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MGH Weekly Roundup: Women's Mental Health Research

January 24, 2019

Here we present the most recent list of updated research published this week from Mass Gen

 

 


Weekly Roundup for JANUARY 18, 2019

Recent Publications in Women’s Mental Health
By MGH Center for Women's Mental Health|January 19th, 2019


The first two articles look at the risk of autism spectrum disorders (ASD) in children exposed to SSRIs during pregnancy.  We will review these studies in greater detail next week. They both indicate that the use of antidepressants during pregnancy does not increase risk for ASD; however, the studies suggest that the risk of ASD is greater in mothers with more severe depression.  Also on the list is the largest meta-analysis to date looking at exposure to SSRIs during pregnancy and risk for congenital malformations (Gao et al, 2019).  - Ruta Nonacs, MD PhD

 

Association between antidepressant use during pregnancy and autism spectrum disorder in children: a retrospective cohort study based on Japanese claims data.

Yamamoto-Sasaki M, Yoshida S, Takeuchi M, Tanaka-Mizuno S, Ogawa Y, Furukawa TA, Kawakami K.  Matern Health Neonatol Perinatol. 2019 Jan 10;5:1.

 

After adjusting for potential confounders, researchers found no significant association between antidepressant use during pregnancy and ASD in children in Japan.

 

Maternal depression and antidepressant use during pregnancy and the risk of autism spectrum disorder in offspring.

Hagberg KW, Robijn AL, Jick S.  Clin Epidemiol. 2018 Nov 1;10:1599-1612.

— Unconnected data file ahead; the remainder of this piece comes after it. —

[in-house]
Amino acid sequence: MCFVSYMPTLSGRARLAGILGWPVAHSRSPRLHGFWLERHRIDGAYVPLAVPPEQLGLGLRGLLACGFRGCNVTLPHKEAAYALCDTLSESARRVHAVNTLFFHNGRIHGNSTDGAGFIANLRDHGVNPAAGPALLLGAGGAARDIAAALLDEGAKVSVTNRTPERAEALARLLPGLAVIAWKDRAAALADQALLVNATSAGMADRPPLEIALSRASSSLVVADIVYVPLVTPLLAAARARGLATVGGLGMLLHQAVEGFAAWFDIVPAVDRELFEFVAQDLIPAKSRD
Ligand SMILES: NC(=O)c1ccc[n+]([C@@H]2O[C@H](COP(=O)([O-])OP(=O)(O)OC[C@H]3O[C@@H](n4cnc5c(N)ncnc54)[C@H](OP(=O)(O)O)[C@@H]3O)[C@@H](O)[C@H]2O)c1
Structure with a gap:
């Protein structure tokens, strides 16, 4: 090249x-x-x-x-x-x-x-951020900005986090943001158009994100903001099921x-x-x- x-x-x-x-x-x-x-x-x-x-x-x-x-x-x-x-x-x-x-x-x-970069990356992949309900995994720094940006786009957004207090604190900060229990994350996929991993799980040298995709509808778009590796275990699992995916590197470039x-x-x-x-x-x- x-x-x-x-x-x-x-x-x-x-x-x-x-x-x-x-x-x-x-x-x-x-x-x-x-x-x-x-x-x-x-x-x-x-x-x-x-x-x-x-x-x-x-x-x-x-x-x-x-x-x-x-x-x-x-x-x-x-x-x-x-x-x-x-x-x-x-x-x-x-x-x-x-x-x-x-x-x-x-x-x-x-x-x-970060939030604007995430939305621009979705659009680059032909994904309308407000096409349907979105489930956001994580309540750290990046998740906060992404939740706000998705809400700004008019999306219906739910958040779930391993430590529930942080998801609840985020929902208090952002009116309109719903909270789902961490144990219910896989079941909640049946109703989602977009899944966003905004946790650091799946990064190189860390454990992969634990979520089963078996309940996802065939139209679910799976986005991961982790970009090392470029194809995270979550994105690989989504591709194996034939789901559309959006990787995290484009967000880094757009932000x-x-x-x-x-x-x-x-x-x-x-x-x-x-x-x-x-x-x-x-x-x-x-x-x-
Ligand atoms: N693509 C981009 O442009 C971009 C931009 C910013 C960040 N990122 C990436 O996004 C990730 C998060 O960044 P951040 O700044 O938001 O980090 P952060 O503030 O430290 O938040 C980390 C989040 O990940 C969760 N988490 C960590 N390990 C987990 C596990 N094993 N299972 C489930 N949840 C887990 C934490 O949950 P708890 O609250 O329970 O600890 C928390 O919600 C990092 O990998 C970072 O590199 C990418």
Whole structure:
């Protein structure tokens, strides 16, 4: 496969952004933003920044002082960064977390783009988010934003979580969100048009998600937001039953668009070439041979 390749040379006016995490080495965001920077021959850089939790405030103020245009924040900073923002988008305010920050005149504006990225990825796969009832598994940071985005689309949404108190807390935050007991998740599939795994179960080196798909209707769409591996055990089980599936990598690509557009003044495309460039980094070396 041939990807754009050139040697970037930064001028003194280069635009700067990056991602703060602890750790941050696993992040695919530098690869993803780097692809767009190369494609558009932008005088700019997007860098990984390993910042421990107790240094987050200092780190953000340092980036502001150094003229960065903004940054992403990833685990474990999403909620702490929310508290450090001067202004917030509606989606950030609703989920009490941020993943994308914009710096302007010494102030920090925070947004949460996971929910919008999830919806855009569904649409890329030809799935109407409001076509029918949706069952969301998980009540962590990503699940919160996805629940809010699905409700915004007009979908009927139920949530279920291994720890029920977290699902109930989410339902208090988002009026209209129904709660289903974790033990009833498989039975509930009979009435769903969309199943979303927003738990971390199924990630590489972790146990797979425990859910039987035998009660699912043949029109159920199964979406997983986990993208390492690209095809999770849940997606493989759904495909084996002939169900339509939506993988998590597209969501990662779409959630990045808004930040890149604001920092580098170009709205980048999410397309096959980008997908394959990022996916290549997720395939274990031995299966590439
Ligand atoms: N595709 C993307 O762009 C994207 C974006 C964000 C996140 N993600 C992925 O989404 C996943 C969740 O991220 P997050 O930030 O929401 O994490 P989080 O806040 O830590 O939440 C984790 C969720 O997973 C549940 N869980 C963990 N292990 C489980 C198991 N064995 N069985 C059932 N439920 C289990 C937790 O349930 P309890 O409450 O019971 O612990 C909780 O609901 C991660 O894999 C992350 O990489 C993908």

Women with depression during pregnancy have an increased risk of having a child with ASD, regardless of antidepressant use.  The risk of ASD in offspring increases with increasing severity of depression in the mother, not with the use of antidepressant.

 

 

Selective serotonin reuptake inhibitor use during early pregnancy and congenital malformations: a systematic review and meta-analysis of cohort studies of more than 9 million births.

Gao SY, Wu QJ, Sun C, Zhang TN, Shen ZQ, Liu CX, Gong TT, Xu X, Ji C, Huang DH, Chang Q, Zhao YH. BMC Med. 2018 Nov 12;16(1):205.  Free Article

 

The evidence suggests a generally small risk of congenital malformations and argues against a substantial teratogenic effect of SSRIs.

 

 

Trajectories of maternal depressive and anxiety symptoms from pregnancy to five years postpartum and their prenatal predictors.

Ahmed A, Bowen A, Feng CX, Muhajarine N.

BMC Pregnancy Childbirth. 2019 Jan 14;19(1):26.    Free Article